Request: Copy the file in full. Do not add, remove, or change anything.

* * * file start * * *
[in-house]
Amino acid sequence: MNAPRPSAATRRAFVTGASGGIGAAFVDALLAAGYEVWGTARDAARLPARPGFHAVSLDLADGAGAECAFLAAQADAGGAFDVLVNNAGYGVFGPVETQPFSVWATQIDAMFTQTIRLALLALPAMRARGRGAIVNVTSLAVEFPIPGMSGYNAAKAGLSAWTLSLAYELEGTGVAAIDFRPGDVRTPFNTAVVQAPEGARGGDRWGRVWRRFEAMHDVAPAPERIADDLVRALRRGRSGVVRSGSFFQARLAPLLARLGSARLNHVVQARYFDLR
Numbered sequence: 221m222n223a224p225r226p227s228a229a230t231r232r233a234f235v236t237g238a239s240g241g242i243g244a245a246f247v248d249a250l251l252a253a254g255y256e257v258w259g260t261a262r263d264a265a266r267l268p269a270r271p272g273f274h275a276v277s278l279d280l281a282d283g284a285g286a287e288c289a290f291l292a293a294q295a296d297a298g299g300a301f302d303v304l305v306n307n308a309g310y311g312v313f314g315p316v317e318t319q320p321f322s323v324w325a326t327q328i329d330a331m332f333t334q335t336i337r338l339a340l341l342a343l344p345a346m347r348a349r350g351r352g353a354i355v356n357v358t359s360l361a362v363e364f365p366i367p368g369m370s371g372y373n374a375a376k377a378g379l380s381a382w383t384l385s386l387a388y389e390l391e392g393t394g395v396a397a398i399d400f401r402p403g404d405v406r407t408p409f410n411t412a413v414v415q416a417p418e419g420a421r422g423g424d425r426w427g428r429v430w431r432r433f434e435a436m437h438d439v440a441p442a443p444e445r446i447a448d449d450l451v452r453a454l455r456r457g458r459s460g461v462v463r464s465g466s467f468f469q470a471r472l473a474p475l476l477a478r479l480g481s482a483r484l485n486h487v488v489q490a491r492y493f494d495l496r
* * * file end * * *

[in-house]
Amino acid sequence: MNAPRPSAATRRAFVTGASGGIGAAFVDALLAAGYEVWGTARDAARLPARPGFHAVSLDLADGAGAECAFLAAQADAGGAFDVLVNNAGYGVFGPVETQPFSVWATQIDAMFTQTIRLALLALPAMRARGRGAIVNVTSLAVEFPIPGMSGYNAAKAGLSAWTLSLAYELEGTGVAAIDFRPGDVRTPFNTAVVQAPEGARGGDRWGRVWRRFEAMHDVAPAPERIADDLVRALRRGRSGVVRSGSFFQARLAPLLARLGSARLNHVVQARYFDLR
Numbered sequence: 221m222n223a224p225r226p227s228a229a230t231r232r233a234f235v236t237g238a239s240g241g242i243g244a245a246f247v248d249a250l251l252a253a254g255y256e257v258w259g260t261a262r263d264a265a266r267l268p269a270r271p272g273f274h275a276v277s278l279d280l281a282d283g284a285g286a287e288c289a290f291l292a293a294q295a296d297a298g299g300a301f302d303v304l305v306n307n308a309g310y311g312v313f314g315p316v317e318t319q320p321f322s323v324w325a326t327q328i329d330a331m332f333t334q335t336i337r338l339a340l341l342a343l344p345a346m347r348a349r350g351r352g353a354i355v356n357v358t359s360l361a362v363e364f365p366i367p368g369m370s371g372y373n374a375a376k377a378g379l380s381a382w383t384l385s386l387a388y389e390l391e392g393t394g395v396a397a398i399d400f401r402p403g404d405v406r407t408p409f410n411t412a413v414v415q416a417p418e419g420a421r422g423g424d425r426w427g428r429v430w431r432r433f434e435a436m437h438d439v440a441p442a443p444e445r446i447a448d449d450l451v452r453a454l455r456r457g458r459s460g461v462v463r464s465g466s467f468f469q470a471r472l473a474p475l476l477a478r479l480g481s482a483r484l485n486h487v488v489q490a491r492y493f494d495l496r